Painful diabetic neuropathy (PDN) is a serious complication of diabetes mellitus that affects a large number of patients in many countries. The molecular mechanisms underlying the exaggerated nociception in PDN have not been established. Recently, duloxetine (DLX), a serotonin and noradrenaline re-uptake inhibitor, has been recommended as one of the first-line treatments of PDN in the United States Food and Drug Administration, the European Medicines Agency and the Japanese Guideline for the Pharmacologic Management of Neuropathic pain. Because selective serotonin re-uptake inhibitors show limited analgesic effects in PDN, we examined whether the potent analgesic effect of DLX contributes toward improving the pathologically aberrant noradrenaline homeostasis in diabetic models.
In streptozotocin (STZ) (50 mg/kg, i.v.)-induced diabetic rats that exhibited robust mechanical allodynia and thermal hyperalgesia, DLX (10 mg/kg, i.p.) significantly and markedly increased the nociceptive threshold. The analgesic effect of DLX was nullified by the prior administration of N-(2-chloroethyl)-N-ethyl-2-bromobenzylamine (DSP-4) (50 mg/kg, i.p.), which drastically eliminated dopamine-beta-hydroxylase- and norepinephrine transporter-immunopositive fibers in the lumbar spinal dorsal horn and significantly reduced the noradrenaline content in the lumbar spinal cord. The treatment with DSP-4 alone markedly lowered the nociceptive threshold in vehicle-treated non-diabetic rats; however, this pro-nociceptive effect was occluded in STZ-treated diabetic rats. Furthermore, STZ-treated rats exhibited a higher amount of dopamine-beta-hydroxylase- and norepinephrine transporter-immunopositive fibers in the dorsal horn and noradrenaline content in the spinal cord compared to vehicle-treated rats.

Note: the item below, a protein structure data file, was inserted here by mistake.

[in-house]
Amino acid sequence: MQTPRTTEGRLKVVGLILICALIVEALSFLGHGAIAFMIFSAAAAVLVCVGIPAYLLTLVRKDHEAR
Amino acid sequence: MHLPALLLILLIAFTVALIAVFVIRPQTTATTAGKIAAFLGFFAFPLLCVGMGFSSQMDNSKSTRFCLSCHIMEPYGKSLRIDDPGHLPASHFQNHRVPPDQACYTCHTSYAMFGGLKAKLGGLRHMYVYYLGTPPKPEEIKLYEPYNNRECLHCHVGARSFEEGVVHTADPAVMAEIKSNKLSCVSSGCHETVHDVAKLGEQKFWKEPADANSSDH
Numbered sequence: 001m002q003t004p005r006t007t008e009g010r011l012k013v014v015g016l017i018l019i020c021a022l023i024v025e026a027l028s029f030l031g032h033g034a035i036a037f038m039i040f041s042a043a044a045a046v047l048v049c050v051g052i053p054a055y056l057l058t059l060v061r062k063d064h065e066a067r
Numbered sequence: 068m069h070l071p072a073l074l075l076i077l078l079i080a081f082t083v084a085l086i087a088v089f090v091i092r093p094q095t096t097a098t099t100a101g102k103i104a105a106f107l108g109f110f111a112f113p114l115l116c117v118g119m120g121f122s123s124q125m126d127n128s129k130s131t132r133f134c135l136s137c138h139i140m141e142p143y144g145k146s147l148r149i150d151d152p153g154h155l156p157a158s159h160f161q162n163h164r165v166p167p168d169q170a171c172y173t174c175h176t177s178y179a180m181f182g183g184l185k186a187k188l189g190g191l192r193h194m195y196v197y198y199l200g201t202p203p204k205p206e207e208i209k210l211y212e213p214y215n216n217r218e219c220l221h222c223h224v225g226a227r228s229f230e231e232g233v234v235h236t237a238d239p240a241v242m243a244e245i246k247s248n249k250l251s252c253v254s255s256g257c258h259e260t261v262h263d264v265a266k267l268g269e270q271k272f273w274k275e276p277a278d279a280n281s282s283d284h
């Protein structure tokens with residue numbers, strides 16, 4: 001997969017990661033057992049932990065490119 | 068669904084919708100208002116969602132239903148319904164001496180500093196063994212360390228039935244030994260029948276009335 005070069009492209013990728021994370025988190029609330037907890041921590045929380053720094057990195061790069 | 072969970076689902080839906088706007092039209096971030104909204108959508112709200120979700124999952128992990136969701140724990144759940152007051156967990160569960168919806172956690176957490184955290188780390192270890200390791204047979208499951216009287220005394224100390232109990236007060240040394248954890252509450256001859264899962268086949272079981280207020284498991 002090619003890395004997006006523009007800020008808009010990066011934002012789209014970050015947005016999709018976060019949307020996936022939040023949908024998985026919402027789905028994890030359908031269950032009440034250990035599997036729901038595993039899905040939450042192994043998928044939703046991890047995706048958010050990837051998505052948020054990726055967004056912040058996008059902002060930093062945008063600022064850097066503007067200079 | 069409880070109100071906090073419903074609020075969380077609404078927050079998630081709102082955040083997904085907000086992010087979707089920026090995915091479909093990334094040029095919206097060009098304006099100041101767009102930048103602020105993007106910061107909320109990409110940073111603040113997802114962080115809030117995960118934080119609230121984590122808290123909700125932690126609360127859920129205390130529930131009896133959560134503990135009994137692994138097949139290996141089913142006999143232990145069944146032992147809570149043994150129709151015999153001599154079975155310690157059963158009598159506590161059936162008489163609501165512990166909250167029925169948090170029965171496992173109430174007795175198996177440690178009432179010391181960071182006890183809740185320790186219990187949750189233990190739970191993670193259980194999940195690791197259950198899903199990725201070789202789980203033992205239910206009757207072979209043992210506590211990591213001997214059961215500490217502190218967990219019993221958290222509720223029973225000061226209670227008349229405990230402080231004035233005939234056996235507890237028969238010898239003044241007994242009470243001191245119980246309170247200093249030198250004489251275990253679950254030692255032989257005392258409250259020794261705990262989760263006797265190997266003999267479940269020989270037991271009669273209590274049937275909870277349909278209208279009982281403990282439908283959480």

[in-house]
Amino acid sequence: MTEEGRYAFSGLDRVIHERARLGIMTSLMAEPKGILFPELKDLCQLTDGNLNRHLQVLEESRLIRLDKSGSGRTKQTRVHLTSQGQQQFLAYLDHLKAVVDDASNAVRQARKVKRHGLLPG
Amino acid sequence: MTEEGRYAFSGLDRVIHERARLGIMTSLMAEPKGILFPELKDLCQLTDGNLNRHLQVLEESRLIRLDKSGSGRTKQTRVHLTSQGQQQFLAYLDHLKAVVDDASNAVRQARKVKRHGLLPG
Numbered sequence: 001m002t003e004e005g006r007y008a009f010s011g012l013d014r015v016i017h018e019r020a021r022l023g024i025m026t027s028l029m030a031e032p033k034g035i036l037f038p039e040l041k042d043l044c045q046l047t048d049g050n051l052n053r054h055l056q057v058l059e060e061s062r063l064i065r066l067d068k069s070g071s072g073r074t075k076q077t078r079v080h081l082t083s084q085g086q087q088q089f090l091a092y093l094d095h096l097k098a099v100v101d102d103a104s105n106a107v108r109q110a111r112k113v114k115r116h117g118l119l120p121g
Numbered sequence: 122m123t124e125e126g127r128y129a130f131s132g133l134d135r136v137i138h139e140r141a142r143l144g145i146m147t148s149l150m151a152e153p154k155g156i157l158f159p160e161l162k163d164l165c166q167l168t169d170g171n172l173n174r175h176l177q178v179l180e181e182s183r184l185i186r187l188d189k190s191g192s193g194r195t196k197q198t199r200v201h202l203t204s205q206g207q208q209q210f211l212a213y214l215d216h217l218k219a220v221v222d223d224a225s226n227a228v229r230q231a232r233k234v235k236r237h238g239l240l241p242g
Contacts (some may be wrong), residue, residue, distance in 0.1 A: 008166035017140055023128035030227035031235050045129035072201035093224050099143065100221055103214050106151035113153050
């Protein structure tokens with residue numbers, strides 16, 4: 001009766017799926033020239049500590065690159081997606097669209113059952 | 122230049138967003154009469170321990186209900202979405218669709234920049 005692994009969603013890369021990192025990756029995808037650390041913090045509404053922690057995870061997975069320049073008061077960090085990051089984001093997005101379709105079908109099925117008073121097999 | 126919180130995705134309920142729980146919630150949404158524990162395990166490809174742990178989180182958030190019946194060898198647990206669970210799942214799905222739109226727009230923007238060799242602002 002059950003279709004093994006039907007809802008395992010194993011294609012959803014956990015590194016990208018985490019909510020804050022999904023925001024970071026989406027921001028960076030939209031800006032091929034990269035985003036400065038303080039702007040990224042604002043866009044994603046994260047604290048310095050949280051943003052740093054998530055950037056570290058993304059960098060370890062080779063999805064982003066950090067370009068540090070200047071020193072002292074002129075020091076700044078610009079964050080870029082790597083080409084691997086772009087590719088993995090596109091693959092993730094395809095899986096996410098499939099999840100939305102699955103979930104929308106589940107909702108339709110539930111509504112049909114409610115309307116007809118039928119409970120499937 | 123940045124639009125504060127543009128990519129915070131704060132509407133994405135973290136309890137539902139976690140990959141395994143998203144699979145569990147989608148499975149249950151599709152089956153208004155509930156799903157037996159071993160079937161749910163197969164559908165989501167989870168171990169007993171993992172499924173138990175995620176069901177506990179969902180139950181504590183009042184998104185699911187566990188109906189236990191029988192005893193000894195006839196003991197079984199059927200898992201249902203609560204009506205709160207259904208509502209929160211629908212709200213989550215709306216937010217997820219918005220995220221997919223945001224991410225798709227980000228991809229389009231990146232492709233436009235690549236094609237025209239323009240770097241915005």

Impaired noradrenaline-mediated regulation of the spinal nociceptive network might underlie exaggerated nociception in PDN. DLX might exert its analgesic effect by selective enhancement of noradrenergic signals, thus counteracting this situation.
PMCID: PMC4222693  PMID: 24279796
Pain; Streptozotocin; Diabetes mellitus; Noradrenaline; DSP-4; Duloxetine; Spinal cord; Dopamine-beta-hydroxylase; Norepinephrine transporter
6.  24-Hour Glycemic Variations in Drug-Naïve Patients with Type 2 Diabetes: A Continuous Glucose Monitoring (CGM)-Based Study 
PLoS ONE  2013;8(7):e71102.
To investigate a 24-hour glycemic variation in drug-naïve, type 2 diabetic patients by using CGM.
A total of 30 inpatients with type 2 diabetes were included in the study to analyze the 24-hour CGM data.